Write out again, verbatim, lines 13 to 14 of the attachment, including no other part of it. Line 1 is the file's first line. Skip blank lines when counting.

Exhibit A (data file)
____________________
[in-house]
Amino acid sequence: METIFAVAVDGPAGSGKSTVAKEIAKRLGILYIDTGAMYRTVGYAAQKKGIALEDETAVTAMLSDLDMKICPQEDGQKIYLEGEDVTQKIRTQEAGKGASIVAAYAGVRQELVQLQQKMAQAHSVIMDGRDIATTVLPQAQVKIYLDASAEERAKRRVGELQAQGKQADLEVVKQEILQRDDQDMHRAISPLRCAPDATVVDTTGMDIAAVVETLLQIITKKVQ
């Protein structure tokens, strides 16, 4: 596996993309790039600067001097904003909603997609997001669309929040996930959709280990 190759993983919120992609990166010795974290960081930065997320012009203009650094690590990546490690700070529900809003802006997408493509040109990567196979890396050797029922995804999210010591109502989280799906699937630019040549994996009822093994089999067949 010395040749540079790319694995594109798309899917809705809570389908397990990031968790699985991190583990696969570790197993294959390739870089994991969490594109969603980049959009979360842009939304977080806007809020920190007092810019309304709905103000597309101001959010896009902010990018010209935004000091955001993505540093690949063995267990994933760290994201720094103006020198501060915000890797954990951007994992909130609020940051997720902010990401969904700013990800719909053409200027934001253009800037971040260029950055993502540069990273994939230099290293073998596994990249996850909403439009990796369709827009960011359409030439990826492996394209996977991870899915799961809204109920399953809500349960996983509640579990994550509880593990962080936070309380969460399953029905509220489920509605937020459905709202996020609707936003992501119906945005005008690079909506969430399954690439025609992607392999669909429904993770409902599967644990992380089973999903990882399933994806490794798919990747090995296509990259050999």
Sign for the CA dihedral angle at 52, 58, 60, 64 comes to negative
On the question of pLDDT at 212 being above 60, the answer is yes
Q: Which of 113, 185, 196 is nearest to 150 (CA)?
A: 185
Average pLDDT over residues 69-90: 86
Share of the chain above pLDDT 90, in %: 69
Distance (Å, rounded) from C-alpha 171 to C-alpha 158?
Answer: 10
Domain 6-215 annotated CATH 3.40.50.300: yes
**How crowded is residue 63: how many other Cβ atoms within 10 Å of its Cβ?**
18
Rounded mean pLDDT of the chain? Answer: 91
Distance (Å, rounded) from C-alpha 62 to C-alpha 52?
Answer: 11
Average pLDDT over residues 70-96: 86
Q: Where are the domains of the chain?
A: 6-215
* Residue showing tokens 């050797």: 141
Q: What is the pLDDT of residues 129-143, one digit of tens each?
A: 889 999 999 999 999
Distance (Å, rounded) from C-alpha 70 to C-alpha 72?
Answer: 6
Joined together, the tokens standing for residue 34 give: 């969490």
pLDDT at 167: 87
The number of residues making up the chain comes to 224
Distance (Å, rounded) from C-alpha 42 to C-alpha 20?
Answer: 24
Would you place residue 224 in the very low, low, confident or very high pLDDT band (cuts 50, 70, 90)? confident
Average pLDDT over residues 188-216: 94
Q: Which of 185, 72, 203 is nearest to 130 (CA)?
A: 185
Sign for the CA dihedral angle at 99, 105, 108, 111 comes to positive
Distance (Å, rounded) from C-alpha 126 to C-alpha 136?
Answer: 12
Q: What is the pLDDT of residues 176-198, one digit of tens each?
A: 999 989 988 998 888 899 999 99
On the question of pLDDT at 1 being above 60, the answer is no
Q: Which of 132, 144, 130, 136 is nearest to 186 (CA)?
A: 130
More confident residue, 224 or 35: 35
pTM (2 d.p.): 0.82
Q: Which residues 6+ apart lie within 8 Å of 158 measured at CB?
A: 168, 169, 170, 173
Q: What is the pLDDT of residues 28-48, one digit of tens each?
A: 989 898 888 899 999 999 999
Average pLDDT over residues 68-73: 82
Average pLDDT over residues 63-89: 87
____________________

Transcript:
**How crowded is residue 63: how many other Cβ atoms within 10 Å of its Cβ?**
18